Neha’s child can get citizenship by descent if:

Clause a.  Her husband holds Nepali citizenship.
Clause b.  Her child was born in Nepal.
Clause c.  Father of her child is not traceable.

Which means, Neha’s child can never get citizenship by descent even though she herself is citizen by descent if:
1.  Her husband is a foreigner.
2.  Her child was born outside Nepal.
3.  She didn’t want to lie or hide father’s identity.

So, Neha must prove that either her husband is Nepali, or her child was born in Nepal, or she should simply lie that she does not know where the father of her child is.  If she fails to provide any, her child will only get naturalized citizenship which means her child can never ever become president or prime minister of Nepal.

Whereas, Raj’s child can get citizenship by descent without any clause.

Can you see the difference??



Do we ask the same question to a man? “if he is married to a foreigner, he should get citizenship for his child from his wife’s country.  Why Nepal?”

We don’t.  Why? Because we are culturally wired in patriarchy.

Sufferers of this constitutional provision will not be Nepali girls marrying Nepali guys.  Sufferers will be the following:

  1.  A Nepali girl married to a foreign guy and got abandoned later with a child.
  2.  A Nepali girl, who while working abroad, got impregnated through exploitation.
  3.  A Nepali girl, who wants her child to be remained as Nepali though married to a foreigner.
  4.  A couple (Nepali woman and foreign man) who wants to settle in Nepal and helps their children grow and reach to their full potential as freely and openly as any Nepalese couple by descent.

This will not be a case if is a Nepali man.  If his wife (foreigner) abandons him, his child can still get citizenship by descent.  If he wants his child to remain as Nepali though married to a foreigner, he can make that happen.  If he wants to settle in Nepal with his foreign gf/wife , he can and still help his children grow and dream to their full potential as freely and openly as any Nepalese couple by descent.

Another issue is, 

There is a provision though that will let child from such women get citizenship by descent.  All she has to do is lie and tell “I don’t know where the father is.

11.5  A person who is born in Nepal from a woman who is a citizen of Nepal and has resided in Nepal and whose father is not traced shall be provided with the citizenship of Nepal by descent.

How awful, sad, frustrating, and sick can a constitutional clause be that is designed to work as loophole, to encourage contempt, practice lies, and make someone feel terrible??  Why can’t her child be given that goddamn citizenship by descent without too much drama and questioning??

There are thousands of Nepali women married to Indian men.  Now what?? we give citizenship by descent to all those children?? No way!!

Boom! Nationalist rhetoric.

Why can’t we set uniform criteria for both male and female? Maybe something like, a child, whose father or mother is of foreign nationality, must have stayed in Nepal for X number of years to qualify for citizenship by descent.  That would be win win for all.

To sum it up,

A brother gets married to an American girl. A sister gets married to a Korean guy. They both have babies from their respective partners. After some years, they got divorced.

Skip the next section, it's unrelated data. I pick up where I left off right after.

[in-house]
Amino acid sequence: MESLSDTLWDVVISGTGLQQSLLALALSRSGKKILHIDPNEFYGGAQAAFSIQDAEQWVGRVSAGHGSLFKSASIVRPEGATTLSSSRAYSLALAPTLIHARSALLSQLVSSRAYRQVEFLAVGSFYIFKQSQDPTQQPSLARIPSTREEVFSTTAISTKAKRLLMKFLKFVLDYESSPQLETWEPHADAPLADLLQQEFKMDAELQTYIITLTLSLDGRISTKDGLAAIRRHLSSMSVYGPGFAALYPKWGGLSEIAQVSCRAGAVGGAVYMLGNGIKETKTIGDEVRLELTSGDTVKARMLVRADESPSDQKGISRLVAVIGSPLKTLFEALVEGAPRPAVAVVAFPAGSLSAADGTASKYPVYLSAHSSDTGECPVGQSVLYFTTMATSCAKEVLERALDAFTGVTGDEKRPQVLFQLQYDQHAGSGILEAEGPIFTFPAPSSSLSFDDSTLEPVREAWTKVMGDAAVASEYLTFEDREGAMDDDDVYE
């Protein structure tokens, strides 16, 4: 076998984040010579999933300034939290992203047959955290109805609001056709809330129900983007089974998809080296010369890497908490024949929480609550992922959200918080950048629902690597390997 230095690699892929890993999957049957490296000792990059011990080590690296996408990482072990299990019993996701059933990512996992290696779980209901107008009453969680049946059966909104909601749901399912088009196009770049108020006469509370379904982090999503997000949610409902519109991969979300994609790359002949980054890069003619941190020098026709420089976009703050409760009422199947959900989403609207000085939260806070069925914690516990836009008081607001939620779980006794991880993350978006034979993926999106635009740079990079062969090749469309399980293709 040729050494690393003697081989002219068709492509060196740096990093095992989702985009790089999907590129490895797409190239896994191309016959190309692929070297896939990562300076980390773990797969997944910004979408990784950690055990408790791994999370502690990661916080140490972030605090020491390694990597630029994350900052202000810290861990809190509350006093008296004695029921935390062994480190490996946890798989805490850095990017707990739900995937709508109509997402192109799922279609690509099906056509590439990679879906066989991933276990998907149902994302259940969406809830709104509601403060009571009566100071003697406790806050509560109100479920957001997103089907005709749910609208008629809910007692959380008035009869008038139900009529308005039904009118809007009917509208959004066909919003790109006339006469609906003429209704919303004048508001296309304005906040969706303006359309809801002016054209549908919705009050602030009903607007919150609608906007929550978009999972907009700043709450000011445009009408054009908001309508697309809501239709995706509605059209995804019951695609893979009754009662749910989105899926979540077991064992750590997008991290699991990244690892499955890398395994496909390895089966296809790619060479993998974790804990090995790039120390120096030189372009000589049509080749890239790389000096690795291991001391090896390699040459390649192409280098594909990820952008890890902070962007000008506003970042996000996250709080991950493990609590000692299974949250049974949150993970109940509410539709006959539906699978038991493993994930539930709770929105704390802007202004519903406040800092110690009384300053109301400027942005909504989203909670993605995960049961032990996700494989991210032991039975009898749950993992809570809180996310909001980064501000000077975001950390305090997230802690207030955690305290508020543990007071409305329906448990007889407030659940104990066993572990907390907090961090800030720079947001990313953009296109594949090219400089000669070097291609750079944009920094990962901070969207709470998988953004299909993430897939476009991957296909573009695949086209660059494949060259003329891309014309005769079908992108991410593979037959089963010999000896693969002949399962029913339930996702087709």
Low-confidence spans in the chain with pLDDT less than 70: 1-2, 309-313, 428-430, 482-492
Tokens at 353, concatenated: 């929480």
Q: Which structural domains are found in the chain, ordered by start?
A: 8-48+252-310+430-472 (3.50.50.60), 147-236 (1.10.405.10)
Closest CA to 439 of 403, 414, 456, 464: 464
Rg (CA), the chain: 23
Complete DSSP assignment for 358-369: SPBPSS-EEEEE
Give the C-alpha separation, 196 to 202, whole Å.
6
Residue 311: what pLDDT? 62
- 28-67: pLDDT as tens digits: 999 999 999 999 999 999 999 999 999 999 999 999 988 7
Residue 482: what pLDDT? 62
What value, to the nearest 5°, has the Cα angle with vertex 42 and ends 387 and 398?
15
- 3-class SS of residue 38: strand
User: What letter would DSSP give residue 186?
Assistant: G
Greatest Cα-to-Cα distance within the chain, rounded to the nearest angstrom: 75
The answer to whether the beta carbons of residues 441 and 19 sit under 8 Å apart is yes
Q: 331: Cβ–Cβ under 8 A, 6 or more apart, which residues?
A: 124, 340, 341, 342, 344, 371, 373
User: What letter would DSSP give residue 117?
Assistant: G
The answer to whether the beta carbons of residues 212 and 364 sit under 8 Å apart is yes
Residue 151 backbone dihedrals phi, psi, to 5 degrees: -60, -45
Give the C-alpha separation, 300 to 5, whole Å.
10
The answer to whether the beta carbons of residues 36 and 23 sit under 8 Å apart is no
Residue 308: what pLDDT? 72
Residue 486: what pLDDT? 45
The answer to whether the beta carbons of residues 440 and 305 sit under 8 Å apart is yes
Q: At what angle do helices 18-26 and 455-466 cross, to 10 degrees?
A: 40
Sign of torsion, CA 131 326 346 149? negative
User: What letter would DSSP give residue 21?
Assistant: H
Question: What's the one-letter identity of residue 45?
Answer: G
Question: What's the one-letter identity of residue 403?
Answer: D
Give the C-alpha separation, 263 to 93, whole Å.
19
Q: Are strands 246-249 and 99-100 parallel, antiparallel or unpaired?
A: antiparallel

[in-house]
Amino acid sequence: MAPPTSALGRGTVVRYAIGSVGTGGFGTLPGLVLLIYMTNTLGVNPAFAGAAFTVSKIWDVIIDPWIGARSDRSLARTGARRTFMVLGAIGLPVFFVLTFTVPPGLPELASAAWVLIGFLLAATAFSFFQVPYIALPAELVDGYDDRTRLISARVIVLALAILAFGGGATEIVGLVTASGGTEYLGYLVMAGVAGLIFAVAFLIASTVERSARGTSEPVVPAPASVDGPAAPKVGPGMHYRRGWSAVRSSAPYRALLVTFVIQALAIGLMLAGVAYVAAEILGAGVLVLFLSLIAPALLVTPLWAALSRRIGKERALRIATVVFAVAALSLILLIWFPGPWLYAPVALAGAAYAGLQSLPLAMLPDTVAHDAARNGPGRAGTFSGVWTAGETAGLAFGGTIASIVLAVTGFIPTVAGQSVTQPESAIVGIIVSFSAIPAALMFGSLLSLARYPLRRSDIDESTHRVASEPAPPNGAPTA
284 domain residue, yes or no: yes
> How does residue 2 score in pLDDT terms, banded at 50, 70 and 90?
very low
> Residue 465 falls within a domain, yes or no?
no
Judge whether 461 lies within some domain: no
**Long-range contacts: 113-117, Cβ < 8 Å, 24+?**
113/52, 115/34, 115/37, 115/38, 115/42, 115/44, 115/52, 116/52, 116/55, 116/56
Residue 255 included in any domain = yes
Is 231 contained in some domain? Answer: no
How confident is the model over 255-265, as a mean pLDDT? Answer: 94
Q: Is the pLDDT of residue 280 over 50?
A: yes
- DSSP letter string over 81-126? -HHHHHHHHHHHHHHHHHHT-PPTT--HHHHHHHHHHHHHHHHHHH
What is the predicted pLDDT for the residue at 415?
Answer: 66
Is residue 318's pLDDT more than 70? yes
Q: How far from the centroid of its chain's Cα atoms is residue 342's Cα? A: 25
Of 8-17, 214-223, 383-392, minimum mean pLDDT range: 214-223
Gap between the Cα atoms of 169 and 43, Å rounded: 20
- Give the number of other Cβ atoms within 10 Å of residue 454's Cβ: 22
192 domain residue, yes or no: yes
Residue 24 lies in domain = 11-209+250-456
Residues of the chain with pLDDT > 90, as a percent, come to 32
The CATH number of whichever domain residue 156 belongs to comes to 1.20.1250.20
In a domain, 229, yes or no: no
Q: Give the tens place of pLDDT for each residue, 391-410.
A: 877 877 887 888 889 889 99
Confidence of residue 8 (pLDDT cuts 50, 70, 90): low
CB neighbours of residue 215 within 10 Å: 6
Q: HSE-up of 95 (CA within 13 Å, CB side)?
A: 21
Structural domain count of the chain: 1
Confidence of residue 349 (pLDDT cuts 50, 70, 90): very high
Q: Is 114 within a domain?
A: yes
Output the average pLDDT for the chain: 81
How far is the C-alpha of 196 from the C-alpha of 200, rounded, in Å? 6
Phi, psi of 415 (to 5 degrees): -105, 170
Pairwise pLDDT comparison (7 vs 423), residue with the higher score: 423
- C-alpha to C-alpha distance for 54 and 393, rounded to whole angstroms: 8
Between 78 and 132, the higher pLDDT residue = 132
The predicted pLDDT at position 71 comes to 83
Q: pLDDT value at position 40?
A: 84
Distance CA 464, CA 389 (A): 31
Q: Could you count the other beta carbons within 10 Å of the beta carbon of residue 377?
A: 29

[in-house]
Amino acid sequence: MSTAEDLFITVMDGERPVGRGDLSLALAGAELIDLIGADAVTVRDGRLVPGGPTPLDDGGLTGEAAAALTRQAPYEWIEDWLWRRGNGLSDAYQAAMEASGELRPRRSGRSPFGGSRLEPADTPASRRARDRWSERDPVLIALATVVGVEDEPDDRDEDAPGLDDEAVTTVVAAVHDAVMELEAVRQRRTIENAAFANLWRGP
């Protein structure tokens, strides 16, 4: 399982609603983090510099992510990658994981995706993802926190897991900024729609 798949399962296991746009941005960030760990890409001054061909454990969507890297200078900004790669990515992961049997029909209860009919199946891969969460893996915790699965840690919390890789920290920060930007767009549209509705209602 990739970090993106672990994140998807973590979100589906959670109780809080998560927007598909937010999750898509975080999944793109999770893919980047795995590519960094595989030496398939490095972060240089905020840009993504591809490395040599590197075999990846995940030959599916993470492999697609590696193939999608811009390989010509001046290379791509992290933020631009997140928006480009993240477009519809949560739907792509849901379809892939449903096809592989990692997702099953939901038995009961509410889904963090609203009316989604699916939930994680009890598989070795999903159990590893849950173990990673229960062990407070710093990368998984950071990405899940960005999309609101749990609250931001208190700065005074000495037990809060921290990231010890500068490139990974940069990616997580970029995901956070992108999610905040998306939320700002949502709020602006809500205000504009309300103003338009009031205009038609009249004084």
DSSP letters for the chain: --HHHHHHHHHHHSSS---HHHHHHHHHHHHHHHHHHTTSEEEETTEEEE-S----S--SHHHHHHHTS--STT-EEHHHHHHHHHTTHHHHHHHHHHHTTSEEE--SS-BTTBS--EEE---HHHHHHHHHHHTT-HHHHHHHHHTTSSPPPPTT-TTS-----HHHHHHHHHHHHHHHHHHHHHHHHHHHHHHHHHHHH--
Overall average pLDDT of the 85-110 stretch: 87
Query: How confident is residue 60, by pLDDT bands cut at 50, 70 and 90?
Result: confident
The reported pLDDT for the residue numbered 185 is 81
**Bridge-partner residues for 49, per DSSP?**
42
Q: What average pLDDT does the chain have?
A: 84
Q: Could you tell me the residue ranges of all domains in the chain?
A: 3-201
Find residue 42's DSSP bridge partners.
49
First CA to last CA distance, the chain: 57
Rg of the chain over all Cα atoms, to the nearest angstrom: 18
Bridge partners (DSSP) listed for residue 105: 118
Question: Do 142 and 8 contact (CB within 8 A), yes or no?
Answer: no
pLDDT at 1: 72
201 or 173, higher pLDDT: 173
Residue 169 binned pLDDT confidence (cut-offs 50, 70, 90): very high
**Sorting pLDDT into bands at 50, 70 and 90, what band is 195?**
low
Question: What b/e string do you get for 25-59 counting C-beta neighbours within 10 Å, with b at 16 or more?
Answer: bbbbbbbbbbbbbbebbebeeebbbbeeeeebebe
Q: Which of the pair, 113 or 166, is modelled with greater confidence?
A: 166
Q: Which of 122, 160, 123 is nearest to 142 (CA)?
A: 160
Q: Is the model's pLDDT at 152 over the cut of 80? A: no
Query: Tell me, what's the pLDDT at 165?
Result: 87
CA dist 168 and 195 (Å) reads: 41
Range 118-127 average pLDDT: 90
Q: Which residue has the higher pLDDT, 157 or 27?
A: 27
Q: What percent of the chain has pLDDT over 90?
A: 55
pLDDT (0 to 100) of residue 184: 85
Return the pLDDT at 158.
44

Brother comes back to Nepal with his child and sister with her child.

18 years passed since then.  Child from both have grown up.  Time to get the citizenship.  Brother’s child gets citizenship by descent and sister’s child gets naturalized citizenship.  One can dream to become president of Nepal or Prime minister, and another’s can’t….just because she is not man.

That’s discrimination.  Please don’t justify it showing people from other side of borders.

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Running Off the Track



In a race, the most important rule for any player is to run on and along the lane. If players run out of their lane, they will be disqualified. If we apply this criterion as a prerequisite to our current government, what result will we get? Will the KP Oli led government still qualify?

There are several factors responsible for the landslide victory of NCP in the federal elections. The prosperity rhetoric, hyper notion of stable government, nationalist image of K.P. Oli and the unification of two major communist parties are some that benefitted them. It made people trust and immensely believe in them. People voted the NCP with a great enthusiasm and hope that the country will have a better future if they come to power. Today, the NCP is ruling in 6 out of 7 Provinces and KP Oli leads the powerful federal government. The party solely has near to two-third majority in the House of Representatives and more than two-third majority in the National Assembly. And after one year of their reign to power, a fundamental question has and needs to be raised. Has their performance in the federal and provinces been splendid as expected? Are the promises made to people during elections being delivered?

The answers aren’t positive at all. People have lots of expectation with the NCP but it is repeatedly indulging into affairs that doesn’t address the vital concerns of common people. For instance, People desperately wanted syndicate to be gone. The Government promised to put an end to it but didn’t do much for strictly implementing their own decision. People lately realized that it was nothing but a hype, promoted by the Home Ministry. Several major policies and programmes of the government have met the same fate. The massively advertised and equally criticised Social Security Scheme has failed to attract private sector, its workers and employees. Economists highly suspect that the 120 day-unemployment allowance scheme introduced by government would actually help reduce unemployment from the country.